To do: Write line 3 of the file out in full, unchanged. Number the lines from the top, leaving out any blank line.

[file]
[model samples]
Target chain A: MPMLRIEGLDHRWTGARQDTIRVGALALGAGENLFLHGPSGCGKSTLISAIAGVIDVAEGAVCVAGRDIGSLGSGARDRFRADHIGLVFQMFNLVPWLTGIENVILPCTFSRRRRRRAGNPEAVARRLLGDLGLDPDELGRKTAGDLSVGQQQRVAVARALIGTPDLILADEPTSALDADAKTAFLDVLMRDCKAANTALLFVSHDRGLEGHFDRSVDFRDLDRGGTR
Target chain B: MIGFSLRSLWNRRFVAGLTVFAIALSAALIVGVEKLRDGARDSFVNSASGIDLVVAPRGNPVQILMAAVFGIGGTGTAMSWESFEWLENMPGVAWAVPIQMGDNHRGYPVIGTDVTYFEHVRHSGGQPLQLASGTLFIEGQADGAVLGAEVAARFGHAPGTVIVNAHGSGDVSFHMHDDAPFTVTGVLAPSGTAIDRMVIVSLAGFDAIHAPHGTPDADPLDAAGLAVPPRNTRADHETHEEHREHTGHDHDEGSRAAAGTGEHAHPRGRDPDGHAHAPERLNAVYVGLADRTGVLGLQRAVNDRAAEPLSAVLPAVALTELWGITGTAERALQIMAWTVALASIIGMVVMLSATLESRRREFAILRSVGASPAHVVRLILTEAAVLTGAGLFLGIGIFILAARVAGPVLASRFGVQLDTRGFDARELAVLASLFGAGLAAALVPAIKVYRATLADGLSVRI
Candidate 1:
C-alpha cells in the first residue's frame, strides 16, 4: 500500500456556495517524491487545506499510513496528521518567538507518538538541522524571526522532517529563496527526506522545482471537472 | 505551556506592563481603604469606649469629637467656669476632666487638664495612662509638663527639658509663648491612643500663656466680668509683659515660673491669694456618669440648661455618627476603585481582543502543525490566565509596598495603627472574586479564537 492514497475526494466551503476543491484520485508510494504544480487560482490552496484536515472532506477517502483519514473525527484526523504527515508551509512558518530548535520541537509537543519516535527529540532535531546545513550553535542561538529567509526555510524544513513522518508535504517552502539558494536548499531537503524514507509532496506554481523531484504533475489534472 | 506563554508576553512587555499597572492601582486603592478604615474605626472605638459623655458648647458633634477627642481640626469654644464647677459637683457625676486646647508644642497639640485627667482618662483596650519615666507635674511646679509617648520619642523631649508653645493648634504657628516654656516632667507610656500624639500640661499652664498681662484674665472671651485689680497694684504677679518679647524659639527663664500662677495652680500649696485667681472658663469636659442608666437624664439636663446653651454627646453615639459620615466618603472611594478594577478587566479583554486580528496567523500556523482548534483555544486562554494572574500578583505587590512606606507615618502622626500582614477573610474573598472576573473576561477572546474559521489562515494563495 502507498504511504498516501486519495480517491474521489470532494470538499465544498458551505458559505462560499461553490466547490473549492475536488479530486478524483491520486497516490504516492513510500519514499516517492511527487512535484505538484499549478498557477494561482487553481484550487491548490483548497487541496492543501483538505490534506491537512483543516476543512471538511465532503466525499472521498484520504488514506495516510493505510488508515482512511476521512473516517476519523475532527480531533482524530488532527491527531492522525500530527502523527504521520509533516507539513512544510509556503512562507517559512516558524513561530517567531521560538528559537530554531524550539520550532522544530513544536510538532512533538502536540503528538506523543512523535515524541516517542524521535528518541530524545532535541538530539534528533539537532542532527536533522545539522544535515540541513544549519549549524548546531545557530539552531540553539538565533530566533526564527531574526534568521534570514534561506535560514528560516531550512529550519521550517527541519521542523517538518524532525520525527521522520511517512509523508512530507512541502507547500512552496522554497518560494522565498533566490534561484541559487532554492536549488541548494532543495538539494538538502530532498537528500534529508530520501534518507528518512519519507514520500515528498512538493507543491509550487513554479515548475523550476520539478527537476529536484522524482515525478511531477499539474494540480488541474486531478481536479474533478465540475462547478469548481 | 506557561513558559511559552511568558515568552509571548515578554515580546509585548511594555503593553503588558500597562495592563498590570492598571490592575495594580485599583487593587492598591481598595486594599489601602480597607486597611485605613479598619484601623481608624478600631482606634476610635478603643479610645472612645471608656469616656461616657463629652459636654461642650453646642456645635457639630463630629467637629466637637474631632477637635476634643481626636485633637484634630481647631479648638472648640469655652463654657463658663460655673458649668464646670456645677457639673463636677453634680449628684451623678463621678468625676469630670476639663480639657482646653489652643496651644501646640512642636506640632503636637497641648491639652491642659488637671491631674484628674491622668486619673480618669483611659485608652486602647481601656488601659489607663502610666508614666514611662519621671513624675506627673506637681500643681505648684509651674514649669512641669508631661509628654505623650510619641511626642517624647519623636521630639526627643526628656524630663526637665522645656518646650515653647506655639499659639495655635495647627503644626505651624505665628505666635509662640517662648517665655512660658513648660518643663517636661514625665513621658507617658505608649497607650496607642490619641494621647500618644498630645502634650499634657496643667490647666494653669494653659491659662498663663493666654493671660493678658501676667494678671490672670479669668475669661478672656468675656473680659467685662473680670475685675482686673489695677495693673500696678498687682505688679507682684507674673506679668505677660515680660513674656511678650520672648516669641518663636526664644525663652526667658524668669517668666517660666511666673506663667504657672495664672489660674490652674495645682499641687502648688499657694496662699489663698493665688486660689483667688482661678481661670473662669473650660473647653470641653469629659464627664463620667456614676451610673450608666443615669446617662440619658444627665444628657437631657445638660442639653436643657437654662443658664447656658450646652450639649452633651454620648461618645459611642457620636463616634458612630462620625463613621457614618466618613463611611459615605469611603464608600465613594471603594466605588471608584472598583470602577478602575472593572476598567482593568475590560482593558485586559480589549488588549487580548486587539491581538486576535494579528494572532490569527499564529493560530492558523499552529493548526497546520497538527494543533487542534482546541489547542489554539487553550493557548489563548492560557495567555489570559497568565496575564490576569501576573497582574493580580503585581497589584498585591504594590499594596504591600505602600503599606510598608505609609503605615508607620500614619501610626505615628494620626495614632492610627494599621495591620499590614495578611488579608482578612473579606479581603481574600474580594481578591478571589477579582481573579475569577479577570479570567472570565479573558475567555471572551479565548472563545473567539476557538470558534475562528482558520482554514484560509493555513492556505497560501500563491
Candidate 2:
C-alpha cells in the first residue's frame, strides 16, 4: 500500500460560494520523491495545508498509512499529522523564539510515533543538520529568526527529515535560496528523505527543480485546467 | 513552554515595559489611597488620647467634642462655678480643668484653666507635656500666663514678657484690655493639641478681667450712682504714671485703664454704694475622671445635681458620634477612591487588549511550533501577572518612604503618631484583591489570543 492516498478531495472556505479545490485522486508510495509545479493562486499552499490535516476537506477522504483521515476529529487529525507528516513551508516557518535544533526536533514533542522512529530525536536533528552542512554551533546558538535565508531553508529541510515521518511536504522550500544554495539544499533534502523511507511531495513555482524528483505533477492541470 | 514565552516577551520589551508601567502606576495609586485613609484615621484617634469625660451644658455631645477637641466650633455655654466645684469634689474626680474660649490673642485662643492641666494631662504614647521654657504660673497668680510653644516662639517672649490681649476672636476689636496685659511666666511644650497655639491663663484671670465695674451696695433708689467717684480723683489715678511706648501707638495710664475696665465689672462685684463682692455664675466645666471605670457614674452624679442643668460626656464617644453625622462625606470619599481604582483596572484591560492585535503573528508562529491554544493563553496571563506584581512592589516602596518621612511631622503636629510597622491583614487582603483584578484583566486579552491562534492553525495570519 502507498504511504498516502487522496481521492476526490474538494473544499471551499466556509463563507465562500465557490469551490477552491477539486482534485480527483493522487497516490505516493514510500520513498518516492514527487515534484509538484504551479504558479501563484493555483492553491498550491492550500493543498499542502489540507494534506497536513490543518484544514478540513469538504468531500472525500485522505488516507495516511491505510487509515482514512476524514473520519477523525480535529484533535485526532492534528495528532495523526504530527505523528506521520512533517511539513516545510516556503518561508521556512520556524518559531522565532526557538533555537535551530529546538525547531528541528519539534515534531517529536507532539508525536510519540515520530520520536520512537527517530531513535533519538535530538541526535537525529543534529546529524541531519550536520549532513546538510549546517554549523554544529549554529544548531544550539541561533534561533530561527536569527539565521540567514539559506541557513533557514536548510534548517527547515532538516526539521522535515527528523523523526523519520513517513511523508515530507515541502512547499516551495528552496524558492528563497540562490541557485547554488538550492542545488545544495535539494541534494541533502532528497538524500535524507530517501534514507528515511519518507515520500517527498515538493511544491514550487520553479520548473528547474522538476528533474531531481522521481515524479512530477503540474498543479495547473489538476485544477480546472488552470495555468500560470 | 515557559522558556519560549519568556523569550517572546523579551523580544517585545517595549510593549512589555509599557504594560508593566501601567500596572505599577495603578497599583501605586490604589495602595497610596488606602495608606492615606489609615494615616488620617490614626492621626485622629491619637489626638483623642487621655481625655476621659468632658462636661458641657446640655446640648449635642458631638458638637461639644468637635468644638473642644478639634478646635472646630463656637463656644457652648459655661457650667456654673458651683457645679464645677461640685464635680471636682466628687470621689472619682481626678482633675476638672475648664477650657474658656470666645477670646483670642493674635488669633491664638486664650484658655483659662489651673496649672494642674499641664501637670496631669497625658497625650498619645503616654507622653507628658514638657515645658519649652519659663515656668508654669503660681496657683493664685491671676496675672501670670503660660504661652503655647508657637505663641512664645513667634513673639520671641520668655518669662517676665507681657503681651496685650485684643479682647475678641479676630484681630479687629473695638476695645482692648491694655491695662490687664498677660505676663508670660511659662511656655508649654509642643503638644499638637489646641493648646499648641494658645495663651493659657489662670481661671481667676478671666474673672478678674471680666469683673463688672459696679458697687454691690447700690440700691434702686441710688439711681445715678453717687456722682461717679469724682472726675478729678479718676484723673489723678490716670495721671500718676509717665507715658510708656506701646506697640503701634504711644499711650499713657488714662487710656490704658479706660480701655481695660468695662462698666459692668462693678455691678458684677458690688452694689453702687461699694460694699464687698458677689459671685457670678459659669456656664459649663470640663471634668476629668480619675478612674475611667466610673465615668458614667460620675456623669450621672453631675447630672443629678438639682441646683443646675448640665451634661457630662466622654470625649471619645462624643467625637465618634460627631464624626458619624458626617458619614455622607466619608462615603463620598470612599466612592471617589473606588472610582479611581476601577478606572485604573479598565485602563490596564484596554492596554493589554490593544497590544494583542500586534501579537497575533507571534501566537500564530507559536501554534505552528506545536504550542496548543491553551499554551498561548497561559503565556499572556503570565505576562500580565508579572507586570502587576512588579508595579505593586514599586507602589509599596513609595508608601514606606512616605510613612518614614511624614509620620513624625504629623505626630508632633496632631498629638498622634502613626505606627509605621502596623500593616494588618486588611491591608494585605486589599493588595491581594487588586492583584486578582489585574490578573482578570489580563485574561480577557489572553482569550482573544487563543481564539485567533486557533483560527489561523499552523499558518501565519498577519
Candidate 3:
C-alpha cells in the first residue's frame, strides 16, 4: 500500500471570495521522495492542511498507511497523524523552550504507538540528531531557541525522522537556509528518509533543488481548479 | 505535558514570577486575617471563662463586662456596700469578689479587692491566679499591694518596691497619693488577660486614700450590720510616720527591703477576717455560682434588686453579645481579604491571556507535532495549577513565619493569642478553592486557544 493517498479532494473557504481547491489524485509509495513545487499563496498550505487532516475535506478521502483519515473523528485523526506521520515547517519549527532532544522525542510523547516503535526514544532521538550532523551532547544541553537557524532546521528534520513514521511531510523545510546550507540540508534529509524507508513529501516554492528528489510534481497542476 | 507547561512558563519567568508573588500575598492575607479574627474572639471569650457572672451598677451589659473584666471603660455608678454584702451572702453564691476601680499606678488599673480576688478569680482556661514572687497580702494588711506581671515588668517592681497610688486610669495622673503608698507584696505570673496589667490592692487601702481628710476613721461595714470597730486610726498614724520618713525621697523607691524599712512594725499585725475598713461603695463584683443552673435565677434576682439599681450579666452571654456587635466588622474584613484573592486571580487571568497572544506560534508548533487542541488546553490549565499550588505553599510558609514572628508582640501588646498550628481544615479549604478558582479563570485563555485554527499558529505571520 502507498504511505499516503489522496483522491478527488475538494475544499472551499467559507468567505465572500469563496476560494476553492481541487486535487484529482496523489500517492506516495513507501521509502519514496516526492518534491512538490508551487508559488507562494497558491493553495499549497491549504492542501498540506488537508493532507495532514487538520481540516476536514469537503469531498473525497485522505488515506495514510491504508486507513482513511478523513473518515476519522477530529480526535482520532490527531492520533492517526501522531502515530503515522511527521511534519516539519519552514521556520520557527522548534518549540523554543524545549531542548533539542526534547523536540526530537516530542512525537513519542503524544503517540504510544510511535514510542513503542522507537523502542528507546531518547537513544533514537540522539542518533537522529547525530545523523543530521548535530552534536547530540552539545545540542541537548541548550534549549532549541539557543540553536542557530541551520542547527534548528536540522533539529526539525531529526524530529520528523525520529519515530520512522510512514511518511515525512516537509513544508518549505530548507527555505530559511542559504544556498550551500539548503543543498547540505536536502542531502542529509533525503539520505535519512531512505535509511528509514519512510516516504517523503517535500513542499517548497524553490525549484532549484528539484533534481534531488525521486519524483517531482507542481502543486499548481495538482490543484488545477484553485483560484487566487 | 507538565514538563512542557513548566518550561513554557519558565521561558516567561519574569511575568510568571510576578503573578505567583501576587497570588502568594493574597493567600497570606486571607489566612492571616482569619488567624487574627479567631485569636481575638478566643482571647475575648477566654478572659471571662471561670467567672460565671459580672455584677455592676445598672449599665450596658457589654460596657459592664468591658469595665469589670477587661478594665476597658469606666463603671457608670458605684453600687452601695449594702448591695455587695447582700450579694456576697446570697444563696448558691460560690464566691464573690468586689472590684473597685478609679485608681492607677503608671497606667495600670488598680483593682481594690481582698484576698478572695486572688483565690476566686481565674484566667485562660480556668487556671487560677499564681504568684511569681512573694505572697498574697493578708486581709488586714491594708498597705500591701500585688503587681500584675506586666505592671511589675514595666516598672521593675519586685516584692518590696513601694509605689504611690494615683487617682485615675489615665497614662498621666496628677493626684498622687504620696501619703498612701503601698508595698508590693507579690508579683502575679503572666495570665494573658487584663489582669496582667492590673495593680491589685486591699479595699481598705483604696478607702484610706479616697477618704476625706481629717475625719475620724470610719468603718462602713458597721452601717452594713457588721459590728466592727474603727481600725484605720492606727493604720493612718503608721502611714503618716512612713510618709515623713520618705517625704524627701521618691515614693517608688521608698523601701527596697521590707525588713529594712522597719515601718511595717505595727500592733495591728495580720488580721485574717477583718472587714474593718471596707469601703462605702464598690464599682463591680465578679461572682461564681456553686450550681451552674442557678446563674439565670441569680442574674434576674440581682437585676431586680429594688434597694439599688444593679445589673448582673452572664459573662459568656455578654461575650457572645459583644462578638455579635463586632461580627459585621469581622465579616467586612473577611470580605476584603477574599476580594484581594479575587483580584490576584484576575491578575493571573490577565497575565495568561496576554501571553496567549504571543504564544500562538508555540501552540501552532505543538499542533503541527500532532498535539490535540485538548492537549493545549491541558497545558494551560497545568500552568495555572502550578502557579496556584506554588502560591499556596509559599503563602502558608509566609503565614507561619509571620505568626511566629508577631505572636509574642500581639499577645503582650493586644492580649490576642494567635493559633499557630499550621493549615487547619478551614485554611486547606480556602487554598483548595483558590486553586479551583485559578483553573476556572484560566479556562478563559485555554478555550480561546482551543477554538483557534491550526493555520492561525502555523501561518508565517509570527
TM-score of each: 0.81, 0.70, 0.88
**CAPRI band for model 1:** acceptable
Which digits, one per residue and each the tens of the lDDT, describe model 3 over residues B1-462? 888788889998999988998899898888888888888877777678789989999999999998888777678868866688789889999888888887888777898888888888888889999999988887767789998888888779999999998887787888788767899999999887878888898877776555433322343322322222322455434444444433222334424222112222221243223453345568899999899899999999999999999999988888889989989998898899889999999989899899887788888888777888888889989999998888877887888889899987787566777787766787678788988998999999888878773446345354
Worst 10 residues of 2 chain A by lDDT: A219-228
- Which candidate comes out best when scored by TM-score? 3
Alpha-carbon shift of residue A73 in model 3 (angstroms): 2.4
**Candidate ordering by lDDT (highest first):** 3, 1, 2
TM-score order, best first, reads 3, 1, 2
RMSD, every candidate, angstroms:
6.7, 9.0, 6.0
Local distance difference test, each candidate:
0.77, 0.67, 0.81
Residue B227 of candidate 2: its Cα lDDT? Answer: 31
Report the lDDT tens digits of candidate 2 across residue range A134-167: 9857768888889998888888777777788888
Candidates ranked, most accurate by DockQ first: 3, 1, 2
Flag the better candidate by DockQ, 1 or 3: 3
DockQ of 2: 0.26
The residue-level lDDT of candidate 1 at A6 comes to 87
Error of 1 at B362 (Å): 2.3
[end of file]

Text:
Target chain B: MIGFSLRSLWNRRFVAGLTVFAIALSAALIVGVEKLRDGARDSFVNSASGIDLVVAPRGNPVQILMAAVFGIGGTGTAMSWESFEWLENMPGVAWAVPIQMGDNHRGYPVIGTDVTYFEHVRHSGGQPLQLASGTLFIEGQADGAVLGAEVAARFGHAPGTVIVNAHGSGDVSFHMHDDAPFTVTGVLAPSGTAIDRMVIVSLAGFDAIHAPHGTPDADPLDAAGLAVPPRNTRADHETHEEHREHTGHDHDEGSRAAAGTGEHAHPRGRDPDGHAHAPERLNAVYVGLADRTGVLGLQRAVNDRAAEPLSAVLPAVALTELWGITGTAERALQIMAWTVALASIIGMVVMLSATLESRRREFAILRSVGASPAHVVRLILTEAAVLTGAGLFLGIGIFILAARVAGPVLASRFGVQLDTRGFDARELAVLASLFGAGLAAALVPAIKVYRATLADGLSVRI